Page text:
Audio Life Hearing Center- Knoxville, TN

Man in denial about his hearing loss struggling to hear on the phone.

John’s having a difficult time at work because he can’t always hear conversations. But he thinks it may be everyone else not speaking clearly. He feels that you have to be old to wear hearing aids, so he’s been procrastinating on finding a hearing professional, and hasn’t had a hearing test. Unfortunately, he’s been turning up the volume on his earbuds in the meantime and doing significant harm to his ears. Sadly, his reluctance to acknowledging that he has hearing loss has stopped him from getting practical treatments.

But what John doesn’t realize is that his views are antiquated. Loss of hearing doesn’t carry the stigma that it once did. Particularly, with younger people, it’s far less pronounced, though you may still encounter it to some degree in some groups. (Ironic isn’t it?)

What is The Harm of Hearing Loss Stigma?

Put simply, hearing loss has some social and cultural connections that aren’t always necessarily helpful or true. Loss of vitality and aging are sometimes associated with loss of hearing. People are commonly concerned that they may lose social standing if others recognize they have hearing loss. Some might think that hearing aids make you appear older or not as “with it”.

You may be tempted to consider this stigma as a rather amorphous concern, isolated from reality. But there are some very real implications for individuals who are trying to deal with the stigma of hearing loss. Here are some examples:

  • Relationship setbacks (that isn’t just selective hearing…you really didn’t hear what was said).
  • Avoiding hearing loss management (leading to unnecessary struggling and undesirable outcomes).
  • Career setbacks (Maybe you were attending a meeting and you didn’t quite make out some essential point).
  • Difficulty finding employment (it’s sad to say, but some people may buy into the stigmas around hearing loss even if it’s not entirely legal).

This list could continue for quite some time, but at this point you most likely get the idea.

Fortunately, changes are happening, and it genuinely does feel as if the stigma over hearing loss is fading away.

The Reasons For The Decrease of Hearing Loss Stigma

There are numerous major reasons why hearing loss stigma is on the decline. Our relationship with technology in addition to demographic changes in our population have begun to change how we feel about things like hearing aids.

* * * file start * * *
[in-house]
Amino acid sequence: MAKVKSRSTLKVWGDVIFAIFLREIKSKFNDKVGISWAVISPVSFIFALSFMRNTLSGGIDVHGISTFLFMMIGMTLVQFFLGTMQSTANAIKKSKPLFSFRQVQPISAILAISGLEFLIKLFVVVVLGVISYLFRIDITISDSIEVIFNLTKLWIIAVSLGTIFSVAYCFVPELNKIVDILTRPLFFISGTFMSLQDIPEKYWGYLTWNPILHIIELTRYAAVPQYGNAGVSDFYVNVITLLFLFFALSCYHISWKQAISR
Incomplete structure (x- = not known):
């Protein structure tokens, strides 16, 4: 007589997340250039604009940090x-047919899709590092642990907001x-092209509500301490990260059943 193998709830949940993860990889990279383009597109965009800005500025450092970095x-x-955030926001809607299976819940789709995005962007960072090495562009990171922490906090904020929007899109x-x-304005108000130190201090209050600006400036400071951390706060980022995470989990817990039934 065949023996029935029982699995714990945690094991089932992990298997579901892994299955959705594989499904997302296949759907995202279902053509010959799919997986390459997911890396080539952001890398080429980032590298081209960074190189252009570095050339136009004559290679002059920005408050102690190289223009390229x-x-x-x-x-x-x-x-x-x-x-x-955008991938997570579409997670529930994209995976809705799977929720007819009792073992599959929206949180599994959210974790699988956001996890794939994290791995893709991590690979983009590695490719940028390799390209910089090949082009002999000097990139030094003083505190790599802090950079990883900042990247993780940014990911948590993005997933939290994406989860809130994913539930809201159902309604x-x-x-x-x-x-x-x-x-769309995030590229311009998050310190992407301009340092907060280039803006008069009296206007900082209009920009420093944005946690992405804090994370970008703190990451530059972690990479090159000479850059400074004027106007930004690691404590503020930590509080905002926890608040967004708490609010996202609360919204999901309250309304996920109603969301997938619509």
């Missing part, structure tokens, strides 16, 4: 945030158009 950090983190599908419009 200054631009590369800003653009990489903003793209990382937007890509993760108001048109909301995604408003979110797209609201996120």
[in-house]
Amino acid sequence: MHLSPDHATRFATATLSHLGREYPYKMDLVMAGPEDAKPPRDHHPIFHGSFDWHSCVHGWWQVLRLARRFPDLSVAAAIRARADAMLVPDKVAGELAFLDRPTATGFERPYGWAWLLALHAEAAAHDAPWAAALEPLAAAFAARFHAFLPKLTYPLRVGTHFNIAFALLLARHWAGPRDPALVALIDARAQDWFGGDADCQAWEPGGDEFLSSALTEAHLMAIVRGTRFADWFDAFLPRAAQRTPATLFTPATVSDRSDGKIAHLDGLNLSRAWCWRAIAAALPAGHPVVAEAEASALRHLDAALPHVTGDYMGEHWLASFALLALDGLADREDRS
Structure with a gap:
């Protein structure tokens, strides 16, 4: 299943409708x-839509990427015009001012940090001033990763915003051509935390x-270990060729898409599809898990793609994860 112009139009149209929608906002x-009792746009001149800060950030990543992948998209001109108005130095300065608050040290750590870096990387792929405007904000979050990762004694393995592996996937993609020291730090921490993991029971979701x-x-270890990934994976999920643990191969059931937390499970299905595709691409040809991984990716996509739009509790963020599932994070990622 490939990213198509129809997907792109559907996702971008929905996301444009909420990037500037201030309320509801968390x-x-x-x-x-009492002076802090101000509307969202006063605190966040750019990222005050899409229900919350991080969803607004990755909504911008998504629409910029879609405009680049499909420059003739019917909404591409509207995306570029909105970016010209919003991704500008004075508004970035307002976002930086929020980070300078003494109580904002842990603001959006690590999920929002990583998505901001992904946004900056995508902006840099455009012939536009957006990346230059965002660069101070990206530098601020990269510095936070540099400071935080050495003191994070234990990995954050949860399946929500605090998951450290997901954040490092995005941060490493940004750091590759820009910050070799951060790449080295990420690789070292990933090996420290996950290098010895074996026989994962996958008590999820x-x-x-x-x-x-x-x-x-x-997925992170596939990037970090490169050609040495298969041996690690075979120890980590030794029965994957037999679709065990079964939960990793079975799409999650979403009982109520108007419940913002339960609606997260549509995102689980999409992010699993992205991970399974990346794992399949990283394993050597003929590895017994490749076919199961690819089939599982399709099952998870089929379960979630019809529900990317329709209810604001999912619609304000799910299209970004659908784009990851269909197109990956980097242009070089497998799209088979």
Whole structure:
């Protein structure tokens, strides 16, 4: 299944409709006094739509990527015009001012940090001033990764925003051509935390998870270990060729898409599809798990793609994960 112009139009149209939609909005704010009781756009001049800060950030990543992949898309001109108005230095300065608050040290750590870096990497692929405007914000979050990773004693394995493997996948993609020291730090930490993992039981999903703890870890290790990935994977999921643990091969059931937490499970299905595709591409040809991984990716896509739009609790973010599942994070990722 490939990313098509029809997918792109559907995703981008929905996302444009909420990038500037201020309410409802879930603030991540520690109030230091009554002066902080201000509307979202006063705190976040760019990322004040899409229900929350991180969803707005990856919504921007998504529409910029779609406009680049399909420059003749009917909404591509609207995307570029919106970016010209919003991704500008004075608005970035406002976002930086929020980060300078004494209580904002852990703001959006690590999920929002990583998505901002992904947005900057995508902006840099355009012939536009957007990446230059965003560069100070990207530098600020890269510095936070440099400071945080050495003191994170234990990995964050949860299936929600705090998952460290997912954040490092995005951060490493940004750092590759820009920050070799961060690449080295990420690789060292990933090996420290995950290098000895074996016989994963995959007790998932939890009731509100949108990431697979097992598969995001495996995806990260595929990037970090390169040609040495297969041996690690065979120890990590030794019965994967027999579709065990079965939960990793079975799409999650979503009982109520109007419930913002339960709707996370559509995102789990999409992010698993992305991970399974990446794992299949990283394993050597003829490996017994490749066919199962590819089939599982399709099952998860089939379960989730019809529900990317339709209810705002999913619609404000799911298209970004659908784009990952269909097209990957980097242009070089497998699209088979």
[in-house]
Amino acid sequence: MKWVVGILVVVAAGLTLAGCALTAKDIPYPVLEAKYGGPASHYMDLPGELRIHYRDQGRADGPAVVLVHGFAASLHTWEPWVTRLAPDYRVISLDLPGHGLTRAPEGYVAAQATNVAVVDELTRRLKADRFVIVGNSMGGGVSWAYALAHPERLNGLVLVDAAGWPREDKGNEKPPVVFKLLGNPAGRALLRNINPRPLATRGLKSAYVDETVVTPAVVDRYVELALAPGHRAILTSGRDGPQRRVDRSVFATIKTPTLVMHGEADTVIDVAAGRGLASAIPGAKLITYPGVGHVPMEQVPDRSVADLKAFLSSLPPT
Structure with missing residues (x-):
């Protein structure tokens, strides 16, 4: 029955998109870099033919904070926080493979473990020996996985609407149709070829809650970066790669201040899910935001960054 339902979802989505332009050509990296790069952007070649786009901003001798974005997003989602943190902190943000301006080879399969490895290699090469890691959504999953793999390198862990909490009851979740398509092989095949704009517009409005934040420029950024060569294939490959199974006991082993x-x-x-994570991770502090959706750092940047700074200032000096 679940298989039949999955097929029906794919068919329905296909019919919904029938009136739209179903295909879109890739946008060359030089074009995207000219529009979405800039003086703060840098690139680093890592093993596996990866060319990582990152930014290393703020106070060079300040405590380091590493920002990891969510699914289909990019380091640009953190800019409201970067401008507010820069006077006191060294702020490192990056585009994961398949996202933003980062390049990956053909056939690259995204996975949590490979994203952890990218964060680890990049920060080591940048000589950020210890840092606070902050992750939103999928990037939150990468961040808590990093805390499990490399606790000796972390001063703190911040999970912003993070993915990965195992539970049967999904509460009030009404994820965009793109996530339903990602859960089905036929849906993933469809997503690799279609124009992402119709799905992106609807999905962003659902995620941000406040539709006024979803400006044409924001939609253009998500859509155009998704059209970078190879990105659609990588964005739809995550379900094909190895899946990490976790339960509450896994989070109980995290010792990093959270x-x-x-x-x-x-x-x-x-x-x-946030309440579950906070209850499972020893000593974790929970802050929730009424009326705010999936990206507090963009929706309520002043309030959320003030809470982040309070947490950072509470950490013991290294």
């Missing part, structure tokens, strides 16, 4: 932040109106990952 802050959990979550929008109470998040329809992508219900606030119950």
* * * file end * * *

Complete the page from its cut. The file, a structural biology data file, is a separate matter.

It’s Becoming More Common For Young Adults to Have Hearing Loss

Younger adults are dealing with loss of hearing more often and that could certainly be the number one reason for the decline in the stigma connected to it.

34 million U.S. citizens suffer from loss of hearing according to most statical research, which translates into 1 out of every 10 people. There are too many reasons for this for us to get into here (loud sound from multiple sources seems to be the primary factor), but the main point is that loss of hearing is more prevalent now than it ever has been in the past.

As hearing loss becomes more common, it becomes easier to break down the stigmas and false information surrounding hearing conditions.

We’re More Confident With Technology

Maybe you were worried that your first pair of hearing aids would make you look old so you resisted wearing them. But nowadays, technology is so pervasive that hearing aids almost blend entirely in. No one notices them. Under most circumstances, newer hearing aids are small and subtle.

But often hearing aids go unnoticed because these days, everyones ears seem to have technology in them. Technology itself is simply so prevalent (and personal) that no one even pays attention when you have a little piece of useful technology yourself.

An Overdue Change in Thinking

There are other reasons why hearing loss has a better image right now. In recent years, hearing loss has been depicted with more accuracy (and more humanity) in popular society, and several notable celebrities have come forward with their own hearing loss truths.

There will continue to be less stigma regarding hearing loss the more we see it in the world. Now, of course, we want to prevent hearing loss in every way that we can. If we could find a way to reverse trends in youth hearing loss as we battle hearing loss stigma that would be optimal.

But more people will come around to seeing a hearing professional as this stigma fades away. This will help improve general hearing health and keep people hearing better longer.

The site information is for educational and informational purposes only and does not constitute medical advice. To receive personalized advice or treatment, schedule an appointment.
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